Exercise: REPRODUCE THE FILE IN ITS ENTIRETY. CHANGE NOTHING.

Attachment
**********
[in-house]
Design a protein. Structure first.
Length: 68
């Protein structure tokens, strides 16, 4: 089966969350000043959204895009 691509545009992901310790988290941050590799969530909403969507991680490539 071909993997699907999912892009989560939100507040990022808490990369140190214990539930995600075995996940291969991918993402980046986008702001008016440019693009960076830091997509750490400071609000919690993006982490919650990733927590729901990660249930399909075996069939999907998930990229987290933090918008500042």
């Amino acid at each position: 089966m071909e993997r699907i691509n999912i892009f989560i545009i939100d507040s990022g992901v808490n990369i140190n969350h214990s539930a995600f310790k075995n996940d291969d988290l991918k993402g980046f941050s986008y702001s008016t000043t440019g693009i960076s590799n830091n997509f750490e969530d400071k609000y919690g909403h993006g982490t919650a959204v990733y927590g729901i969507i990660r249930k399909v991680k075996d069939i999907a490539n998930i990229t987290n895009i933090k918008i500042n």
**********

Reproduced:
[in-house]
Design a protein. Structure first.
Length: 68
């Protein structure tokens, strides 16, 4: 089966969350000043959204895009 691509545009992901310790988290941050590799969530909403969507991680490539 071909993997699907999912892009989560939100507040990022808490990369140190214990539930995600075995996940291969991918993402980046986008702001008016440019693009960076830091997509750490400071609000919690993006982490919650990733927590729901990660249930399909075996069939999907998930990229987290933090918008500042």
């Amino acid at each position: 089966m071909e993997r699907i691509n999912i892009f989560i545009i939100d507040s990022g992901v808490n990369i140190n969350h214990s539930a995600f310790k075995n996940d291969d988290l991918k993402g980046f941050s986008y702001s008016t000043t440019g693009i960076s590799n830091n997509f750490e969530d400071k609000y919690g909403h993006g982490t919650a959204v990733y927590g729901i969507i990660r249930k399909v991680k075996d069939i999907a490539n998930i990229t987290n895009i933090k918008i500042n």